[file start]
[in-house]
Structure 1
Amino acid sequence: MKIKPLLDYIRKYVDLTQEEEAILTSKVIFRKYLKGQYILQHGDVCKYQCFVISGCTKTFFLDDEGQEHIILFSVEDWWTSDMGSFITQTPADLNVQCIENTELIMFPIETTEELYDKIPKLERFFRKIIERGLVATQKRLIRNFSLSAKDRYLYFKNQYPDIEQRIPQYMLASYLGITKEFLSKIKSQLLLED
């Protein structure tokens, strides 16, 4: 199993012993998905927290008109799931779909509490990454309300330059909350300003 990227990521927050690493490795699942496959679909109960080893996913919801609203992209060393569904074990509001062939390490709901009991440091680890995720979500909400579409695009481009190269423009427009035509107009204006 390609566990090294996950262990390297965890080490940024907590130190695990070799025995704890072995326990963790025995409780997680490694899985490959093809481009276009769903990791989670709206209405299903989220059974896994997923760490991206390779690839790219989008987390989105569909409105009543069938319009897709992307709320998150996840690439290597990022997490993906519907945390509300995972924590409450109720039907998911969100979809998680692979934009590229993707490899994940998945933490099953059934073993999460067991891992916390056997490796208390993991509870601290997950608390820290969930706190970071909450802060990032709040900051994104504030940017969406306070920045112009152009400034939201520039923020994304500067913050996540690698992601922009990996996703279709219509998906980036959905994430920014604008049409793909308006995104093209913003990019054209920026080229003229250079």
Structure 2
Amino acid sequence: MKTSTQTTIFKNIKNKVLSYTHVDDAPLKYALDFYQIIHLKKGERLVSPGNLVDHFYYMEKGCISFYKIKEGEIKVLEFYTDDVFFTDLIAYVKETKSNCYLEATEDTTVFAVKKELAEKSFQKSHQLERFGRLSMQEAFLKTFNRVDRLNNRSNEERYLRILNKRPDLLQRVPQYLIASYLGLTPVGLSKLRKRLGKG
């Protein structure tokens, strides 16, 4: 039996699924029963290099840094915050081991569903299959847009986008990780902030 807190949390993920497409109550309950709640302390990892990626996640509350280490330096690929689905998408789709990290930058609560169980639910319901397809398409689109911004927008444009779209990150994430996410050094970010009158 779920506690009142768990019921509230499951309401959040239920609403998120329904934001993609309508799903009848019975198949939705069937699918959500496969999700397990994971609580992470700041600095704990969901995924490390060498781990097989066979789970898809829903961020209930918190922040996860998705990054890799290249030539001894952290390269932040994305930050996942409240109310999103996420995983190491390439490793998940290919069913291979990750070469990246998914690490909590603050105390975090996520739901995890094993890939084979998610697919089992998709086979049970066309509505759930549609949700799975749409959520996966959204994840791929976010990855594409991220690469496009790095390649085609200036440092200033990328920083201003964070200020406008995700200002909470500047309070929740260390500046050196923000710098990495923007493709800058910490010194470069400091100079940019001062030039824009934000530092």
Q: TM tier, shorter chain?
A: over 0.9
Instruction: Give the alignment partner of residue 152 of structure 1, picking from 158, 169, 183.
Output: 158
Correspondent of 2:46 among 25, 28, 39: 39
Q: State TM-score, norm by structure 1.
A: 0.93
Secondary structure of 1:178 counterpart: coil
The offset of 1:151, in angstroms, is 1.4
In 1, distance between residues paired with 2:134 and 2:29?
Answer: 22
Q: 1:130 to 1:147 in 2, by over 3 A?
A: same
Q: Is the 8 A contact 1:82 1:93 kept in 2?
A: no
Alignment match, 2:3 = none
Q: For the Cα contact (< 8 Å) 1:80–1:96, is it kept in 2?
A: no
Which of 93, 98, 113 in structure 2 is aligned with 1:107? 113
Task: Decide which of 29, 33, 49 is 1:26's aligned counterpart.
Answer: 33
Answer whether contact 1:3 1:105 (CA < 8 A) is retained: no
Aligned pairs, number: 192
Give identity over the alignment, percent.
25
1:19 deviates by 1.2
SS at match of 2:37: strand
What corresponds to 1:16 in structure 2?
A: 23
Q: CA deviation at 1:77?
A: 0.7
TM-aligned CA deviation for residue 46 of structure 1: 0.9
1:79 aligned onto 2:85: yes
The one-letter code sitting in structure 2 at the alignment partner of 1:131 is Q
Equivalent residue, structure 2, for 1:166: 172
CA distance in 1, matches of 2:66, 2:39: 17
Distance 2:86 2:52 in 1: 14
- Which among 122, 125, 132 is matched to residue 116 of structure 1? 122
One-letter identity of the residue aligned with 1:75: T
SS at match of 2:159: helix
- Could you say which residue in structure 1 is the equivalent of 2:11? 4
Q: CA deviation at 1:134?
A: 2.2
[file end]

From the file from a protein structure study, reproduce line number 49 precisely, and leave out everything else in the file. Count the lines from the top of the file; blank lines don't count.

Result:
Q: CA deviation at 1:134?